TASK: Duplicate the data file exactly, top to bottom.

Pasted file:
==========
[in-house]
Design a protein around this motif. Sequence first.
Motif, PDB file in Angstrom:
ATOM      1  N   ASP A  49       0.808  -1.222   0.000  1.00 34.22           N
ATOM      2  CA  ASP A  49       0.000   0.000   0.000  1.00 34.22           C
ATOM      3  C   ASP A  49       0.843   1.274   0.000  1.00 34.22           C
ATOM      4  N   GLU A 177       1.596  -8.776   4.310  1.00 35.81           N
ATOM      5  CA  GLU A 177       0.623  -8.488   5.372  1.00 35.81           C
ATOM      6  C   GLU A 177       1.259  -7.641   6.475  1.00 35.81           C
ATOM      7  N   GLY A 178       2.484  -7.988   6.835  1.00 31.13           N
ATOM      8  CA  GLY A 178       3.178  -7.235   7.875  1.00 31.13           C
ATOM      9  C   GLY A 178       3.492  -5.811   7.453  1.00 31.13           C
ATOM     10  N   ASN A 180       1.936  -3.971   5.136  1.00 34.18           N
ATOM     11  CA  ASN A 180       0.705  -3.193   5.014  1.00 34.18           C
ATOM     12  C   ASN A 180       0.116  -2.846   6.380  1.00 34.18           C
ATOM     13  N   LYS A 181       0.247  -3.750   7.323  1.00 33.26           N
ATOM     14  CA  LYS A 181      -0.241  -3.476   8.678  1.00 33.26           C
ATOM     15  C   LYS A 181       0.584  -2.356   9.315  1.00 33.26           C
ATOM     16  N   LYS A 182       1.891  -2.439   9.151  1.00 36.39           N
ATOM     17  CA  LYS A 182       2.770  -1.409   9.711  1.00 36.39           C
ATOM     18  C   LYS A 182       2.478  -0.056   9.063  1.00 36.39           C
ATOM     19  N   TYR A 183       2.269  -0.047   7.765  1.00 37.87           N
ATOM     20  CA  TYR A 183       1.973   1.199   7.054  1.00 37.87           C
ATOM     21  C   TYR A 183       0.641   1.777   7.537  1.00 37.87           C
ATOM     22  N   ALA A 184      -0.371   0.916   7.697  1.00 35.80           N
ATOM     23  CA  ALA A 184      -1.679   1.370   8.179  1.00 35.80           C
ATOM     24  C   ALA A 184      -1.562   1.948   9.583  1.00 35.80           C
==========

[in-house]
Design a protein around this motif. Sequence first.
Motif, PDB file in Angstrom:
ATOM      1  N   ASP A  49       0.808  -1.222   0.000  1.00 34.22           N
ATOM      2  CA  ASP A  49       0.000   0.000   0.000  1.00 34.22           C
ATOM      3  C   ASP A  49       0.843   1.274   0.000  1.00 34.22           C
ATOM      4  N   GLU A 177       1.596  -8.776   4.310  1.00 35.81           N
ATOM      5  CA  GLU A 177       0.623  -8.488   5.372  1.00 35.81           C
ATOM      6  C   GLU A 177       1.259  -7.641   6.475  1.00 35.81           C
ATOM      7  N   GLY A 178       2.484  -7.988   6.835  1.00 31.13           N
ATOM      8  CA  GLY A 178       3.178  -7.235   7.875  1.00 31.13           C
ATOM      9  C   GLY A 178       3.492  -5.811   7.453  1.00 31.13           C
ATOM     10  N   ASN A 180       1.936  -3.971   5.136  1.00 34.18           N
ATOM     11  CA  ASN A 180       0.705  -3.193   5.014  1.00 34.18           C
ATOM     12  C   ASN A 180       0.116  -2.846   6.380  1.00 34.18           C
ATOM     13  N   LYS A 181       0.247  -3.750   7.323  1.00 33.26           N
ATOM     14  CA  LYS A 181      -0.241  -3.476   8.678  1.00 33.26           C
ATOM     15  C   LYS A 181       0.584  -2.356   9.315  1.00 33.26           C
ATOM     16  N   LYS A 182       1.891  -2.439   9.151  1.00 36.39           N
ATOM     17  CA  LYS A 182       2.770  -1.409   9.711  1.00 36.39           C
ATOM     18  C   LYS A 182       2.478  -0.056   9.063  1.00 36.39           C
ATOM     19  N   TYR A 183       2.269  -0.047   7.765  1.00 37.87           N
ATOM     20  CA  TYR A 183       1.973   1.199   7.054  1.00 37.87           C
ATOM     21  C   TYR A 183       0.641   1.777   7.537  1.00 37.87           C
ATOM     22  N   ALA A 184      -0.371   0.916   7.697  1.00 35.80           N
ATOM     23  CA  ALA A 184      -1.679   1.370   8.179  1.00 35.80           C
ATOM     24  C   ALA A 184      -1.562   1.948   9.583  1.00 35.80           C